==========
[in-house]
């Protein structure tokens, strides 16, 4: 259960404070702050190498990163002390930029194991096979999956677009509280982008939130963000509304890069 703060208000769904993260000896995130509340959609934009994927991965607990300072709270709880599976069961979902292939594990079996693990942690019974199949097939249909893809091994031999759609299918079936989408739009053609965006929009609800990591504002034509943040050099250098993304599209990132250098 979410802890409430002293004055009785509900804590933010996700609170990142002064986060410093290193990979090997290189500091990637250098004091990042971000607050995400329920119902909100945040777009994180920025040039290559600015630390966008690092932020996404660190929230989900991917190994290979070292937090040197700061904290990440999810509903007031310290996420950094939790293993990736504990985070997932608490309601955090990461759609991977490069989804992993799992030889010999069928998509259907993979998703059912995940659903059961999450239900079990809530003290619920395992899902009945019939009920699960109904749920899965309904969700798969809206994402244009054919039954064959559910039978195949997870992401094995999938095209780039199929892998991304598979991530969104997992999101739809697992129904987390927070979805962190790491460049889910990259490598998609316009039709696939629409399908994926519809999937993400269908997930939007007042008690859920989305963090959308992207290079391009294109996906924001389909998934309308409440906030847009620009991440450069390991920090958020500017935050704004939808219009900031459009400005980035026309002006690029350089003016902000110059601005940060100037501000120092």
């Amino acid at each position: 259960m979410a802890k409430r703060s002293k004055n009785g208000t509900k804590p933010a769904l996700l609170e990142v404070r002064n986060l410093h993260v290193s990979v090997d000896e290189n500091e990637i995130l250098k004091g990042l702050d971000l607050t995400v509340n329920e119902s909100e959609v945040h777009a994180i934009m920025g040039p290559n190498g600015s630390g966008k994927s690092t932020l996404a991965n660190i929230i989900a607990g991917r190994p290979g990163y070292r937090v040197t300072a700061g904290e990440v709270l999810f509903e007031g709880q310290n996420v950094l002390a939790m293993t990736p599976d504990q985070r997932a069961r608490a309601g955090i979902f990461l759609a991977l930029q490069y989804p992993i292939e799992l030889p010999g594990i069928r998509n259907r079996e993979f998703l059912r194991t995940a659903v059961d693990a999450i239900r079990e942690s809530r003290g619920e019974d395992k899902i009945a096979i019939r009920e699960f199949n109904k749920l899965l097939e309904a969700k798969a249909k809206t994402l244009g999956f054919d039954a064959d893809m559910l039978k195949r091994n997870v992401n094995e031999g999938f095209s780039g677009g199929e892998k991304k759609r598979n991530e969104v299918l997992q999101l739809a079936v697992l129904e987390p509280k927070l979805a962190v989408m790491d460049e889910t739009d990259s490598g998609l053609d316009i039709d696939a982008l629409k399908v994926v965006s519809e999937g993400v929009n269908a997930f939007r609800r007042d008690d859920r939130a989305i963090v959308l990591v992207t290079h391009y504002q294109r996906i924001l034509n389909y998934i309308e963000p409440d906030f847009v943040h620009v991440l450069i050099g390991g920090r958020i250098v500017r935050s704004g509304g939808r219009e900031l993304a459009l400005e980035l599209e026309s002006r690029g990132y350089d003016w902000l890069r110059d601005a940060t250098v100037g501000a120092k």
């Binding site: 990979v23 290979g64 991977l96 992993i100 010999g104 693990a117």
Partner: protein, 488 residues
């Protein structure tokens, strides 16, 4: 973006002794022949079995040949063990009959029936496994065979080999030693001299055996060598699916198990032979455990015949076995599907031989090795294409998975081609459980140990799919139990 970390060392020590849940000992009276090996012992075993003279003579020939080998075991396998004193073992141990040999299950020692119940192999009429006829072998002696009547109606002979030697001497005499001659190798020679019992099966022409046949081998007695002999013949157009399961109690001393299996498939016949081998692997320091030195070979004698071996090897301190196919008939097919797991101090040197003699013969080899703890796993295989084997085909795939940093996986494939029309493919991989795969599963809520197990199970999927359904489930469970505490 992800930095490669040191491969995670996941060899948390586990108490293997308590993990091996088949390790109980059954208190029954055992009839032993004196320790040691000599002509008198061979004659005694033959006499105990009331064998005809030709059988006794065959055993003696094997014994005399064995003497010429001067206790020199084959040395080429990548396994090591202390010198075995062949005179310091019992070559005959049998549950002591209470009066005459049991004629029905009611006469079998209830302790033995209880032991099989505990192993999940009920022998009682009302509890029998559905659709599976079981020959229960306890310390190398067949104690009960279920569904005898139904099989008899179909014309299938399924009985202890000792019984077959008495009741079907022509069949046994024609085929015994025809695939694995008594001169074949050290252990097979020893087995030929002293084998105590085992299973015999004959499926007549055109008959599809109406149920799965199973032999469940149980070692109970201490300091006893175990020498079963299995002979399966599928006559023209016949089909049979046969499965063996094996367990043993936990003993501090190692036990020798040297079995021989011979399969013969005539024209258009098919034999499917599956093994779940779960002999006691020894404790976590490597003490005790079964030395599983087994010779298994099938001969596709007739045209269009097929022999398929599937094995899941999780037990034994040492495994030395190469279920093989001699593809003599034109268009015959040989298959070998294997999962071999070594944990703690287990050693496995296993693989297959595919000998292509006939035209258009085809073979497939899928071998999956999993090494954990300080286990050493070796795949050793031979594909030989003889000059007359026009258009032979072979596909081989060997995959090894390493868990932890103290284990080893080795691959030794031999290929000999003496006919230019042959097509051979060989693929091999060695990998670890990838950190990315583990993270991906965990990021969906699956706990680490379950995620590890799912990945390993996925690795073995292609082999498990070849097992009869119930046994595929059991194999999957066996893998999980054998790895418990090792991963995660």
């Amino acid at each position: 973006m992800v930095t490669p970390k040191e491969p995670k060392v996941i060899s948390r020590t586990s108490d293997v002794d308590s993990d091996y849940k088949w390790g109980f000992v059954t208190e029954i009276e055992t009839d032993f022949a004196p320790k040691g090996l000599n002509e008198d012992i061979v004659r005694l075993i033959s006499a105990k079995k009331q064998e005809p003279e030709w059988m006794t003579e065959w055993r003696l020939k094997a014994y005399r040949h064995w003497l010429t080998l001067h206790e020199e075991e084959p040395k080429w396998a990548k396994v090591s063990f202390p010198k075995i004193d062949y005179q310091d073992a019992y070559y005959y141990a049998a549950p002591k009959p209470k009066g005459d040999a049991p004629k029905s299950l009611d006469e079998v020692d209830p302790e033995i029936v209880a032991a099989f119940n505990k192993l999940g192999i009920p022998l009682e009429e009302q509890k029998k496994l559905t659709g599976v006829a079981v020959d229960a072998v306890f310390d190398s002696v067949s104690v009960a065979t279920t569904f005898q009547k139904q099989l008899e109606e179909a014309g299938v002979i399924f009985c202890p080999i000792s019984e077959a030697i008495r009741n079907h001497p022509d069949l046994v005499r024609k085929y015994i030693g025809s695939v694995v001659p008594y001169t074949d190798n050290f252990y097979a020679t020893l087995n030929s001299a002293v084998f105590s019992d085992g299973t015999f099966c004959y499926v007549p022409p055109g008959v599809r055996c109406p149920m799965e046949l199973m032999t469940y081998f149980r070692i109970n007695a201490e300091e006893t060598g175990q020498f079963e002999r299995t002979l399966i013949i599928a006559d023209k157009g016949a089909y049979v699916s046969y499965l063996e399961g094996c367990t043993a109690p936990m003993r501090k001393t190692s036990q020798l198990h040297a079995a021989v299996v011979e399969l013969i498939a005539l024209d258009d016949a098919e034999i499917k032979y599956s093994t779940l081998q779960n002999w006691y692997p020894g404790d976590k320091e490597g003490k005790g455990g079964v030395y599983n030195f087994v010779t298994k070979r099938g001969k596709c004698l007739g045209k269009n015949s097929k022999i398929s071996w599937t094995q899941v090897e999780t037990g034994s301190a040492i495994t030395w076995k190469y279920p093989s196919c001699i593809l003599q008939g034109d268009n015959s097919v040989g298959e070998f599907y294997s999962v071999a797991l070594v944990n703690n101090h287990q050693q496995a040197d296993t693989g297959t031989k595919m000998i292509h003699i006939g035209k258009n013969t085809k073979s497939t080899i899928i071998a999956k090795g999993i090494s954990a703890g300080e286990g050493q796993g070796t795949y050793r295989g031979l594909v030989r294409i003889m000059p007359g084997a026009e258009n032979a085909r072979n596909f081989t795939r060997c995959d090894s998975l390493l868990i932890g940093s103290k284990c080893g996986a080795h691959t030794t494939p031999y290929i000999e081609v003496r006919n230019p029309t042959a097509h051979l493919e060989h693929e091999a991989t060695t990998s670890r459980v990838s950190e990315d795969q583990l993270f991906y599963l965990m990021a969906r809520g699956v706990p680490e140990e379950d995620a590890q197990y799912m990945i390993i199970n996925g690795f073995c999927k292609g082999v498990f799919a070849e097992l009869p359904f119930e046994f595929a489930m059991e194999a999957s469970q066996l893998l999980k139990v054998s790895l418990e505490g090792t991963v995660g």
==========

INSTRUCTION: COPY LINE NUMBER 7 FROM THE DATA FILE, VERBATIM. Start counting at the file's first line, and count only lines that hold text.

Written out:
């Amino acid at each position: 973006m992800v930095t490669p970390k040191e491969p995670k060392v996941i060899s948390r020590t586990s108490d293997v002794d308590s993990d091996y849940k088949w390790g109980f000992v059954t208190e029954i009276e055992t009839d032993f022949a004196p320790k040691g090996l000599n002509e008198d012992i061979v004659r005694l075993i033959s006499a105990k079995k009331q064998e005809p003279e030709w059988m006794t003579e065959w055993r003696l020939k094997a014994y005399r040949h064995w003497l010429t080998l001067h206790e020199e075991e084959p040395k080429w396998a990548k396994v090591s063990f202390p010198k075995i004193d062949y005179q310091d073992a019992y070559y005959y141990a049998a549950p002591k009959p209470k009066g005459d040999a049991p004629k029905s299950l009611d006469e079998v020692d209830p302790e033995i029936v209880a032991a099989f119940n505990k192993l999940g192999i009920p022998l009682e009429e009302q509890k029998k496994l559905t659709g599976v006829a079981v020959d229960a072998v306890f310390d190398s002696v067949s104690v009960a065979t279920t569904f005898q009547k139904q099989l008899e109606e179909a014309g299938v002979i399924f009985c202890p080999i000792s019984e077959a030697i008495r009741n079907h001497p022509d069949l046994v005499r024609k085929y015994i030693g025809s695939v694995v001659p008594y001169t074949d190798n050290f252990y097979a020679t020893l087995n030929s001299a002293v084998f105590s019992d085992g299973t015999f099966c004959y499926v007549p022409p055109g008959v599809r055996c109406p149920m799965e046949l199973m032999t469940y081998f149980r070692i109970n007695a201490e300091e006893t060598g175990q020498f079963e002999r299995t002979l399966i013949i599928a006559d023209k157009g016949a089909y049979v699916s046969y499965l063996e399961g094996c367990t043993a109690p936990m003993r501090k001393t190692s036990q020798l198990h040297a079995a021989v299996v011979e399969l013969i498939a005539l024209d258009d016949a098919e034999i499917k032979y599956s093994t779940l081998q779960n002999w006691y692997p020894g404790d976590k320091e490597g003490k005790g455990g079964v030395y599983n030195f087994v010779t298994k070979r099938g001969k596709c004698l007739g045209k269009n015949s097929k022999i398929s071996w599937t094995q899941v090897e999780t037990g034994s301190a040492i495994t030395w076995k190469y279920p093989s196919c001699i593809l003599q008939g034109d268009n015959s097919v040989g298959e070998f599907y294997s999962v071999a797991l070594v944990n703690n101090h287990q050693q496995a040197d296993t693989g297959t031989k595919m000998i292509h003699i006939g035209k258009n013969t085809k073979s497939t080899i899928i071998a999956k090795g999993i090494s954990a703890g300080e286990g050493q796993g070796t795949y050793r295989g031979l594909v030989r294409i003889m000059p007359g084997a026009e258009n032979a085909r072979n596909f081989t795939r060997c995959d090894s998975l390493l868990i932890g940093s103290k284990c080893g996986a080795h691959t030794t494939p031999y290929i000999e081609v003496r006919n230019p029309t042959a097509h051979l493919e060989h693929e091999a991989t060695t990998s670890r459980v990838s950190e990315d795969q583990l993270f991906y599963l965990m990021a969906r809520g699956v706990p680490e140990e379950d995620a590890q197990y799912m990945i390993i199970n996925g690795f073995c999927k292609g082999v498990f799919a070849e097992l009869p359904f119930e046994f595929a489930m059991e194999a999957s469970q066996l893998l999980k139990v054998s790895l418990e505490g090792t991963v995660g």